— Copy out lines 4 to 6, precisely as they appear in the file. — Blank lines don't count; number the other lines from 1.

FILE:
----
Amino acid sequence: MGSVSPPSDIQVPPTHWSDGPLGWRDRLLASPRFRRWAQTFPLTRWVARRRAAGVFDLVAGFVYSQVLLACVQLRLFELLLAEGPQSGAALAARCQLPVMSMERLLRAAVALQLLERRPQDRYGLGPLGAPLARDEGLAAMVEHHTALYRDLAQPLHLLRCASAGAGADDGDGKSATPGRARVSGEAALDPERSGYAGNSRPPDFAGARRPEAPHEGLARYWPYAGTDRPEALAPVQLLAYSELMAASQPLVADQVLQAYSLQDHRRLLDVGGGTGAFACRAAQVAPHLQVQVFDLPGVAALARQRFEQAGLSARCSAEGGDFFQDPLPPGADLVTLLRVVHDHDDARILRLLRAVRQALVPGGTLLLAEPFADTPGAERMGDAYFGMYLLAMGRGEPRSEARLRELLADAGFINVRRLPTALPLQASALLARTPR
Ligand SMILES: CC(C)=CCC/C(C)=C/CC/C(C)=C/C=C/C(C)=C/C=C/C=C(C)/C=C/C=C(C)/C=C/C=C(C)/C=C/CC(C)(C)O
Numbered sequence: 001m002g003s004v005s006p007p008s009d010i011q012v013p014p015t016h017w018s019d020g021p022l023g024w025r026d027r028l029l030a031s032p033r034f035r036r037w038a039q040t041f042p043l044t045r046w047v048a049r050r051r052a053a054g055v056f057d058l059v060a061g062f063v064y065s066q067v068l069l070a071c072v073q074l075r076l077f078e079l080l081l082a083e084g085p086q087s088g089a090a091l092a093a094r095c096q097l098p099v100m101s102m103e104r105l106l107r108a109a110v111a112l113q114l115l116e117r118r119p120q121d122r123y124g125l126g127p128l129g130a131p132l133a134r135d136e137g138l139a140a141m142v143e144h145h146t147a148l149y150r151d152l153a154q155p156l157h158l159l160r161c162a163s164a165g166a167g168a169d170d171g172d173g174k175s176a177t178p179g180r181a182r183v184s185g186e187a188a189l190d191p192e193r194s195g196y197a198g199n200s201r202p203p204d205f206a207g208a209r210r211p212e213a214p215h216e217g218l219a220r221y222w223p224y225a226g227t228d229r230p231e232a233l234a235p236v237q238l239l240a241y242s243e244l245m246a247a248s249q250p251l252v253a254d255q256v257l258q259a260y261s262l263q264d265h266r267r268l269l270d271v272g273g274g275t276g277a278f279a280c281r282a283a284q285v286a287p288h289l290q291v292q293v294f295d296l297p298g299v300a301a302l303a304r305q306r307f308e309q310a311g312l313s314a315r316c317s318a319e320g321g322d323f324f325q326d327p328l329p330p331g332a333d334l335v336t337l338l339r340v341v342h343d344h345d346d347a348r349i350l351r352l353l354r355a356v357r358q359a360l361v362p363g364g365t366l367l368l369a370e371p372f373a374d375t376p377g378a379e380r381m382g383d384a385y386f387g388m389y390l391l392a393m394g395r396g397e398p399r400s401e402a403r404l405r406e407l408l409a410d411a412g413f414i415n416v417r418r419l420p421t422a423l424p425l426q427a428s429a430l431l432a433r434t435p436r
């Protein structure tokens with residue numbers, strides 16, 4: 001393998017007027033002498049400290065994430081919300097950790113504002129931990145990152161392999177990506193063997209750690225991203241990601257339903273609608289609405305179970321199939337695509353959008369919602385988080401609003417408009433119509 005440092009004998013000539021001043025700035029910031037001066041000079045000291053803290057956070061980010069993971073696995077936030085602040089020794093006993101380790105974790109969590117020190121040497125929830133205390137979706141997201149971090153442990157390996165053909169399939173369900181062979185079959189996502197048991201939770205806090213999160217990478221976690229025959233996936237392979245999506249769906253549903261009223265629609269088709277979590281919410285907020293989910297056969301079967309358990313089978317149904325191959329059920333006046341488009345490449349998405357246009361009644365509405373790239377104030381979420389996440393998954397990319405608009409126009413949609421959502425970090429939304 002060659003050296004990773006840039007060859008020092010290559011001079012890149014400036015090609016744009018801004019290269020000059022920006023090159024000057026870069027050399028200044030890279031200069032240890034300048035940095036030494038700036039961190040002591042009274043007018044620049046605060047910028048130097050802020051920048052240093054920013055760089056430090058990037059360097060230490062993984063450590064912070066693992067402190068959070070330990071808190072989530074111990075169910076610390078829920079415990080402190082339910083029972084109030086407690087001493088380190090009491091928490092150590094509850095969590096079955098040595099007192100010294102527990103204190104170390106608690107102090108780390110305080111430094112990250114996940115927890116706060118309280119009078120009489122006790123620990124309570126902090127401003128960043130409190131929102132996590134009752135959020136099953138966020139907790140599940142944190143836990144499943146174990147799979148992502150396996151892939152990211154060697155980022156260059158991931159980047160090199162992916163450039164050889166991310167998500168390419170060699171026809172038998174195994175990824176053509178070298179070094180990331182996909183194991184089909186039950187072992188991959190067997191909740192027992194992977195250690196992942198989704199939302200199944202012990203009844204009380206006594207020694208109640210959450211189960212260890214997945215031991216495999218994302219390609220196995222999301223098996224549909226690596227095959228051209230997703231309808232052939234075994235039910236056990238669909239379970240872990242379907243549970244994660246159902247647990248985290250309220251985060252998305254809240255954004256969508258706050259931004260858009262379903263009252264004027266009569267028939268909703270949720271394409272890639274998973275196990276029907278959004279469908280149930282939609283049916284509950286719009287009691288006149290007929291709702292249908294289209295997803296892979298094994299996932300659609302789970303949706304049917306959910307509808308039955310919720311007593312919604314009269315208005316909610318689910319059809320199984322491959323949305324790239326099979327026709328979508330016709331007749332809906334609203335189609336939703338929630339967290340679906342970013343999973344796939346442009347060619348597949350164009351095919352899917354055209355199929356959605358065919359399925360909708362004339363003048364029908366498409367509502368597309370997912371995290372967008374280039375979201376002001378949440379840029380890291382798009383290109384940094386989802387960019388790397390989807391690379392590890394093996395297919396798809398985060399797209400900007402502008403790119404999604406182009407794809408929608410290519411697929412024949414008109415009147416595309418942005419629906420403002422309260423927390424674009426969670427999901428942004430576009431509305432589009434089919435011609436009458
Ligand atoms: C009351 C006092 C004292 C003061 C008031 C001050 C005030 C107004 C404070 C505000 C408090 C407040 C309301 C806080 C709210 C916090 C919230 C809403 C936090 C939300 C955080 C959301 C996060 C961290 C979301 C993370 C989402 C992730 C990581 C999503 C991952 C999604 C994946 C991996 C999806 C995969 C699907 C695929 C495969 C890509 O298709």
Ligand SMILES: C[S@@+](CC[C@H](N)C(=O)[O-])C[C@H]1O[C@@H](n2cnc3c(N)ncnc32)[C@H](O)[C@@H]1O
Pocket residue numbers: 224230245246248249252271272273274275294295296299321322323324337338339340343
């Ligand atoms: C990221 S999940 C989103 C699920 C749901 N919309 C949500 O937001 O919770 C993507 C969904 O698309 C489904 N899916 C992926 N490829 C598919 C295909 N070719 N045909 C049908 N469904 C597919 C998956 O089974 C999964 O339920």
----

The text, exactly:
């Protein structure tokens with residue numbers, strides 16, 4: 001393998017007027033002498049400290065994430081919300097950790113504002129931990145990152161392999177990506193063997209750690225991203241990601257339903273609608289609405305179970321199939337695509353959008369919602385988080401609003417408009433119509 005440092009004998013000539021001043025700035029910031037001066041000079045000291053803290057956070061980010069993971073696995077936030085602040089020794093006993101380790105974790109969590117020190121040497125929830133205390137979706141997201149971090153442990157390996165053909169399939173369900181062979185079959189996502197048991201939770205806090213999160217990478221976690229025959233996936237392979245999506249769906253549903261009223265629609269088709277979590281919410285907020293989910297056969301079967309358990313089978317149904325191959329059920333006046341488009345490449349998405357246009361009644365509405373790239377104030381979420389996440393998954397990319405608009409126009413949609421959502425970090429939304 002060659003050296004990773006840039007060859008020092010290559011001079012890149014400036015090609016744009018801004019290269020000059022920006023090159024000057026870069027050399028200044030890279031200069032240890034300048035940095036030494038700036039961190040002591042009274043007018044620049046605060047910028048130097050802020051920048052240093054920013055760089056430090058990037059360097060230490062993984063450590064912070066693992067402190068959070070330990071808190072989530074111990075169910076610390078829920079415990080402190082339910083029972084109030086407690087001493088380190090009491091928490092150590094509850095969590096079955098040595099007192100010294102527990103204190104170390106608690107102090108780390110305080111430094112990250114996940115927890116706060118309280119009078120009489122006790123620990124309570126902090127401003128960043130409190131929102132996590134009752135959020136099953138966020139907790140599940142944190143836990144499943146174990147799979148992502150396996151892939152990211154060697155980022156260059158991931159980047160090199162992916163450039164050889166991310167998500168390419170060699171026809172038998174195994175990824176053509178070298179070094180990331182996909183194991184089909186039950187072992188991959190067997191909740192027992194992977195250690196992942198989704199939302200199944202012990203009844204009380206006594207020694208109640210959450211189960212260890214997945215031991216495999218994302219390609220196995222999301223098996224549909226690596227095959228051209230997703231309808232052939234075994235039910236056990238669909239379970240872990242379907243549970244994660246159902247647990248985290250309220251985060252998305254809240255954004256969508258706050259931004260858009262379903263009252264004027266009569267028939268909703270949720271394409272890639274998973275196990276029907278959004279469908280149930282939609283049916284509950286719009287009691288006149290007929291709702292249908294289209295997803296892979298094994299996932300659609302789970303949706304049917306959910307509808308039955310919720311007593312919604314009269315208005316909610318689910319059809320199984322491959323949305324790239326099979327026709328979508330016709331007749332809906334609203335189609336939703338929630339967290340679906342970013343999973344796939346442009347060619348597949350164009351095919352899917354055209355199929356959605358065919359399925360909708362004339363003048364029908366498409367509502368597309370997912371995290372967008374280039375979201376002001378949440379840029380890291382798009383290109384940094386989802387960019388790397390989807391690379392590890394093996395297919396798809398985060399797209400900007402502008403790119404999604406182009407794809408929608410290519411697929412024949414008109415009147416595309418942005419629906420403002422309260423927390424674009426969670427999901428942004430576009431509305432589009434089919435011609436009458
Ligand atoms: C009351 C006092 C004292 C003061 C008031 C001050 C005030 C107004 C404070 C505000 C408090 C407040 C309301 C806080 C709210 C916090 C919230 C809403 C936090 C939300 C955080 C959301 C996060 C961290 C979301 C993370 C989402 C992730 C990581 C999503 C991952 C999604 C994946 C991996 C999806 C995969 C699907 C695929 C495969 C890509 O298709």
Ligand SMILES: C[S@@+](CC[C@H](N)C(=O)[O-])C[C@H]1O[C@@H](n2cnc3c(N)ncnc32)[C@H](O)[C@@H]1O